At QR Lawyers we specialise in assisting both ASX listed companies and private companies with acquiring public and private companies.

This article sets out some of the key aspects that you need to consider when acquiring private companies in Australia.

Firstly, it is important to consider which purchasing structure will be most suitable to your needs. This choice needs to be mindful of the structure and assets of the target company.

The most common way of acquiring private companies is to obtain either:

  • Some or all of the assets that comprise the business also know as an “Asset Sale”; or
  • The shares in the company that operates or controls the business. This gives the buyer control over all the business’s assets, commonly referred to as “Share Sale”.

What are the main advantages and disadvantages of a share purchase compared to an asset purchase?


A. Share Sale

When acquiring a company through share sale the buyer inherits all known and unknown liabilities of the target company. While the introduction of warranties, indemnities, and insurance can mitigate these risks, the post-closing creditworthiness of the seller and warranty limitations can render claims ineffective. Generally, buying through a share sale requires a more detailed, time-consuming, and costly due diligence process. This is because the buyer will inherit the target company’s liabilities on completion. If the buyer or seller wants to exclude an asset, they must transfer it out of the target before closing. Furthermore, employees remain employed by the target company after closing.

The assets of the target company are acquired when the shares are transferred to the buyer. There is no need to transfer each asset individually, making this part of the process time efficient. This also makes a share purchase well-suited for complex businesses where transferring each asset would be difficult and impractical. Lastly, the target company’s existing contracts continue after closing, subject to any change of control provisions.

A cautionary note: even though assets do not need to be transferred, often agreements with third parties will include a change of control clause which is triggered by the changes in directorship and shareholding requiring consent of the third party for the transaction.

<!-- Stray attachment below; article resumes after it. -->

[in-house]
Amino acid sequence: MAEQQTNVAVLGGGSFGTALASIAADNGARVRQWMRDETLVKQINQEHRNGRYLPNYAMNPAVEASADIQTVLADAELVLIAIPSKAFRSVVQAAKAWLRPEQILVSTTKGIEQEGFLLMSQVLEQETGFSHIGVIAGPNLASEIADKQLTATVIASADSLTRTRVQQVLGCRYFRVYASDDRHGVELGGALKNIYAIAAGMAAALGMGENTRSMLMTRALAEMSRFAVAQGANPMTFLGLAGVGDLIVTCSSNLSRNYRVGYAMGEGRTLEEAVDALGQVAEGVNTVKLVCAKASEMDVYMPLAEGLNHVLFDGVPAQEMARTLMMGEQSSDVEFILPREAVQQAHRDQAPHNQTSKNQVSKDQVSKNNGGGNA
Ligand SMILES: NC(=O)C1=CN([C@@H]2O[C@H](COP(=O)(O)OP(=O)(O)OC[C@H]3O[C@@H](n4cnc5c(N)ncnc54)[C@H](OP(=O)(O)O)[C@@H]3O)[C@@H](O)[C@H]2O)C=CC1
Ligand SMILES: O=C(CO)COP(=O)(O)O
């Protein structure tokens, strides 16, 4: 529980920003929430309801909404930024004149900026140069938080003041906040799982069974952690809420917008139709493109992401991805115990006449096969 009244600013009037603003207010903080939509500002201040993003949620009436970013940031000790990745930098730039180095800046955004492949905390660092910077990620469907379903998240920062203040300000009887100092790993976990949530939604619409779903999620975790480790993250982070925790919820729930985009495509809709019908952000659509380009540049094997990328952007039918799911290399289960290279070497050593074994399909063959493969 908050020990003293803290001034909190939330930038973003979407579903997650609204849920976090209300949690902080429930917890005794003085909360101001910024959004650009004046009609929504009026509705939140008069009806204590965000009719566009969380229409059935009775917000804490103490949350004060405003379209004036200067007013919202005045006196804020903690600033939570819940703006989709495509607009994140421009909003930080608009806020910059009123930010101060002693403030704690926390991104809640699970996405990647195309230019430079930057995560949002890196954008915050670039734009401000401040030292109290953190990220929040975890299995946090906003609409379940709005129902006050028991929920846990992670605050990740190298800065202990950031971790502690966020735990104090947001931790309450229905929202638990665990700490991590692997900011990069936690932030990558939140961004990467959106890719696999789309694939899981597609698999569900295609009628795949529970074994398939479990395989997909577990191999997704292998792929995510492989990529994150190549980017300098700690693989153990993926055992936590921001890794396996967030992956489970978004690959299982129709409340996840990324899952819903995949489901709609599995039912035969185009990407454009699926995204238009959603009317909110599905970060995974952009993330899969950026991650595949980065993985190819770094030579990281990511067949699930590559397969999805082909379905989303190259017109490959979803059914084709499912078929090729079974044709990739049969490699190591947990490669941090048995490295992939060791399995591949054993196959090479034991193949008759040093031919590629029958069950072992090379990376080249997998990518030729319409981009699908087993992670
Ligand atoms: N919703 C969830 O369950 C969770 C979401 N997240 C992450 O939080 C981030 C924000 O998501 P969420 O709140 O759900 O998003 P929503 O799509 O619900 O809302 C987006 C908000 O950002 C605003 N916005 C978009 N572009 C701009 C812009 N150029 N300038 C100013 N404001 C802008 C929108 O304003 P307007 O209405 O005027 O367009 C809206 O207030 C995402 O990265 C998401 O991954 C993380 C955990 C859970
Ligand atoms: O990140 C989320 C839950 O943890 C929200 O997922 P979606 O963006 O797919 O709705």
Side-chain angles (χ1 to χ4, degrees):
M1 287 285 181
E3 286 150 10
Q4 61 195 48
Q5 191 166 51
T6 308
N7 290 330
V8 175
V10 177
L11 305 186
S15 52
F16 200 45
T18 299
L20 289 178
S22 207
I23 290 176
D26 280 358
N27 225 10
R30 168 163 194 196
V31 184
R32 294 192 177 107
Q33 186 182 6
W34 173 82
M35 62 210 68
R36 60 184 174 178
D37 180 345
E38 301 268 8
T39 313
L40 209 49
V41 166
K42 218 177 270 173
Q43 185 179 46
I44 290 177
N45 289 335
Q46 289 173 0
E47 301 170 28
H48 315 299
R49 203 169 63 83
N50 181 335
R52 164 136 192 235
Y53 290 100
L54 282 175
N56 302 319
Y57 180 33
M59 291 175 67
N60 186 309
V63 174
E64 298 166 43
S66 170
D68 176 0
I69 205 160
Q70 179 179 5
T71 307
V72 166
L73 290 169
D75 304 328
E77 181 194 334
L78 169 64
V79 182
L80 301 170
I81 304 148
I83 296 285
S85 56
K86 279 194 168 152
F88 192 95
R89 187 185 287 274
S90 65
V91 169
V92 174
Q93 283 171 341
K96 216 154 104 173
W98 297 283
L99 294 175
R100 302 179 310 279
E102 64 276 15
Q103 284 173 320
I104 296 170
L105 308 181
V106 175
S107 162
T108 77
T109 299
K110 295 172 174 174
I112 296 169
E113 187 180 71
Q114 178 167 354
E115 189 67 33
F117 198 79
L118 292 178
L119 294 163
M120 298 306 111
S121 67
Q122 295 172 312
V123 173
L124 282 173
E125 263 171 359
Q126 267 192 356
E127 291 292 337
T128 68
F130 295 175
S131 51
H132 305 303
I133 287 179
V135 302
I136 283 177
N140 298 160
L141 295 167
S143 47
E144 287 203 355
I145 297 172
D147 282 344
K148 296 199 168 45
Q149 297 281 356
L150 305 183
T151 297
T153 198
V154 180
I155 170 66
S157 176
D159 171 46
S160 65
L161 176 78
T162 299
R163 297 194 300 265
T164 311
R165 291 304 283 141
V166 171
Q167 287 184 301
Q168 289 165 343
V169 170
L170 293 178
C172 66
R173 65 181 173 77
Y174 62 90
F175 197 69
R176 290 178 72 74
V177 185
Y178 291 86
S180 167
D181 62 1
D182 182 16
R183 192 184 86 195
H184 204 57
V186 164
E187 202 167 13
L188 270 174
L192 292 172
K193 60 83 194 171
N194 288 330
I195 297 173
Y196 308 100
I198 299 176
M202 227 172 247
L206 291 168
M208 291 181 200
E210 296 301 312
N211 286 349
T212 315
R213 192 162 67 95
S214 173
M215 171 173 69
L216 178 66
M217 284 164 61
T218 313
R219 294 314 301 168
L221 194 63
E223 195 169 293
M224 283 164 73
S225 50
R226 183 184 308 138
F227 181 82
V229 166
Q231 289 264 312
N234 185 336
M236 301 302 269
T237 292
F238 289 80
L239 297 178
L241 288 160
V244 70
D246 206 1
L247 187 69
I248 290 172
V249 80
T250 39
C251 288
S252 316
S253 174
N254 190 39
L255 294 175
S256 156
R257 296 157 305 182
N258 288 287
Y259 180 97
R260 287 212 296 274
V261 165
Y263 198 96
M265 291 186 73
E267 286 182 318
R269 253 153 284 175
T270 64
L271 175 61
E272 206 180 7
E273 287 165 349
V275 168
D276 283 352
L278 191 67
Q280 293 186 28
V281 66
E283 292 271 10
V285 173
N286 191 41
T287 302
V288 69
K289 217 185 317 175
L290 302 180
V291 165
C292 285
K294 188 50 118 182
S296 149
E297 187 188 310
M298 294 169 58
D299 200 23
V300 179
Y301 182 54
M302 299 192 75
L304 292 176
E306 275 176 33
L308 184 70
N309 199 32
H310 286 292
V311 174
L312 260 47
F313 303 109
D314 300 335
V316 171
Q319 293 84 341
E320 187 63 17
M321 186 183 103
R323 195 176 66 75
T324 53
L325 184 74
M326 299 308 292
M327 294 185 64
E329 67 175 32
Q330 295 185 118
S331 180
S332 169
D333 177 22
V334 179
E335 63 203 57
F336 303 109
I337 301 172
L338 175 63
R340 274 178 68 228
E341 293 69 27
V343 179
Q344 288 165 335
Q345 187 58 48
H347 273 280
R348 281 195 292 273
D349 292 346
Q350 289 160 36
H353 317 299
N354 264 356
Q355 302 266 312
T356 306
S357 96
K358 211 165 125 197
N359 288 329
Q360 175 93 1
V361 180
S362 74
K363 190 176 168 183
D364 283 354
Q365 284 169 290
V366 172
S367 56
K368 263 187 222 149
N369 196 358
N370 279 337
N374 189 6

B. Asset Sale

The other option is to acquire a company through an asset sale. Here, you take control of a company through purchasing some or all of its assets. The buyer is only responsible for the seller’s pre-completion liabilities that it agrees to assume or those that transfer automatically. The buyer can therefore choose (or “cherry-pick”) which assets to acquire, employees to retain, and contracts to be assigned or novated to it. Employees do not transfer automatically in an asset sale unlike in a share sale. Where land is involved, some liabilities run with the land, including land tax, utility rates, and environmental liabilities which automatically form part of the transaction.

Moreover, security interests and encumbrances (such as a mortgage over land) may be attached to the relevant asset and will transfer with the asset. A failure to identify security interests and encumbrances, or to obtain a release or discharge at closing, may lead to the asset remaining encumbered after closing. If the seller subsequently becomes insolvent or defaults under its security agreement, the security holder can enforce its interest by seizing the asset or selling it. One of the key disadvantages with an asset purchase is that it often requires the approval of third parties. This is since contracts must be assigned or novated to the buyer or renegotiated for them to remain afoot.